In August 2019, the newly formed ADAM Architecture’s Women in Architecture group sat around a table for our first debate. The subject of discussion: flexible working practices, and their impact on the retention of female architects in the workplace.
The starting point of the discussion was that, despite a 50:50 gender split of students coming out of universities, the balance at senior level within the profession is still heavily skewed towards the male representation. Women leave architecture, the research suggests, during their child-rearing years and before they could rise to senior levels.
We pondered over the data emerging from the 2017 AJ Women in Architecture survey, where the lack of flexible working practices had been identified as one of the key factors leading women to leave architecture.
We were concerned by the 45% of mothers who, responding to the AJ’s The Parent Trap survey in November 2018, said they felt they had been overlooked for a promotion as a consequence of their request for family-friendly working.
We were angered by the story, published in the Architects’ Journal, of the female project architect working for a well-known firm, who had to quit after being refused her application for flexible hours and working from home. In the words of her managers, how could they know she was not just watching Grand Designs?
Then March 2020 came, and in the arc of two weeks everyone has switched to working remotely and flexibly. No one is asking if it could work - we are making sure it does. This shift has a revolutionary potential, but to ensure it proves feasible for both employers and crucially (but not exclusively) for new mothers returning to work, there are a few adjustments that need to happen, and to a degree are already happening: in our technology, in our society, in our office culture.
We are adapting our IT infrastructure to suit remote access to networks, and at ADAM Architecture we are now set up to use CAD and pretty much every other software from home with very little trouble. We’re conducting meetings on Zoom, inspecting sites on Skype and using 3D cameras, talking a lot on the phone. It’s not ideal at times, and there is certainly room for improvement, but the need to make something work pushed everybody’s inventiveness. I mean, 3D cameras for site inspections!
I am a mother of two and a project architect, and as everyone else in the office I am now working from home five days a week. I share home schooling and childcare duties with my husband, who is also working full time. Our responsibilities are shared in perfectly equal measure. It is difficult, but the way we are sharing the load means that we can both keep working to the same productivity levels as before. When we return to normality, I am hopeful more and more fathers will consider joining the ever raising numbers of men equally sharing their parental responsibilities with their partners. The sooner society moves on from the idea of mothers having to naturally take the lion’s share of childcare, the better for gender equality.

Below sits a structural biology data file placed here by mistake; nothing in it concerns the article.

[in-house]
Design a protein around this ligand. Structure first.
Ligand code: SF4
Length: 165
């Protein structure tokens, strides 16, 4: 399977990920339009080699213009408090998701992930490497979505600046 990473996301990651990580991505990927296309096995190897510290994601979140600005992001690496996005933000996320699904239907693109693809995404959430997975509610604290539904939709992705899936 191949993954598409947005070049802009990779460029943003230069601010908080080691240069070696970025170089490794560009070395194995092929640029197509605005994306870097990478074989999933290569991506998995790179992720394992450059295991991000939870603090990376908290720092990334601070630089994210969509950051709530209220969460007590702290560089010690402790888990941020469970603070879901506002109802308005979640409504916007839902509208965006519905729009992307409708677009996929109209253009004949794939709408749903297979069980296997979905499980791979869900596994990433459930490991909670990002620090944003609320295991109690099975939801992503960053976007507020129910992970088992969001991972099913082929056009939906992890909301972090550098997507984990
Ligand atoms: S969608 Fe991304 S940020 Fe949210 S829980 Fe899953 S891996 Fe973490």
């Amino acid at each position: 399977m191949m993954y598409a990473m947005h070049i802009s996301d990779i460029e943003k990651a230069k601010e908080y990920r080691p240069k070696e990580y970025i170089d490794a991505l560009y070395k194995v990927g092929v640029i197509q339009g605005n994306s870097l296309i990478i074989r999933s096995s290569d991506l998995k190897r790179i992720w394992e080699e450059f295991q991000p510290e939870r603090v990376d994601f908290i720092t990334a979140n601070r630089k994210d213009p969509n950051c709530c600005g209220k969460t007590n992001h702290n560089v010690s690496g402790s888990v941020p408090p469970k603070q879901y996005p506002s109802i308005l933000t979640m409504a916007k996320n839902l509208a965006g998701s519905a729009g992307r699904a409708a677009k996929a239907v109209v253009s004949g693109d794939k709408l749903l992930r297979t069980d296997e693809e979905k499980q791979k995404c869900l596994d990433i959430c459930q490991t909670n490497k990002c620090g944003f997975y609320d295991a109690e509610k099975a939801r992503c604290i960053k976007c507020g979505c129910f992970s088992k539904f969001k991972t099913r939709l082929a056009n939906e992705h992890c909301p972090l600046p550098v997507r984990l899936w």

From my experience of working from home while looking after small children, I have found that a set routine helps me establish the times when I am or I am not available for work, and communicating these slots with my colleagues - on shared calendars or even in an out-of-office message - helps them know when my replies might be delayed. I found that, at a time when interruptions from hungry toddlers might be frequent, keeping a record of my productive time - be it by writing it down in a notepad or by using time tracking apps - is crucial. I found that choosing a home-office area with a door that can be shut to indicate that no interruptions are allowed helps concentration and sets boundaries. I learnt that the mute function on Skype truly is a blessing. When we are on the other side of this, the tools we have given ourselves will help build the case for productivity outside the old office boundaries.
If working remotely and flexibly becomes common practice, imagine the number of female architects that could decide to stay or come back to architecture, instead of being written off, or writing themselves off, as unsuitable candidates for a 9 to 6 working day in the office. Imagine the number of fathers who might reconsider their own working arrangements, as they realise their physical presence in the studio is not that important after all. Imagine gender balance in the architectural profession, moving at a painfully slow pace for the best part of four decades, suddenly accelerated by a global emergency that forced us to rethink and reinvent our ways of working.
By Rossana Miles, Associate at ADAM Architecture, April 2020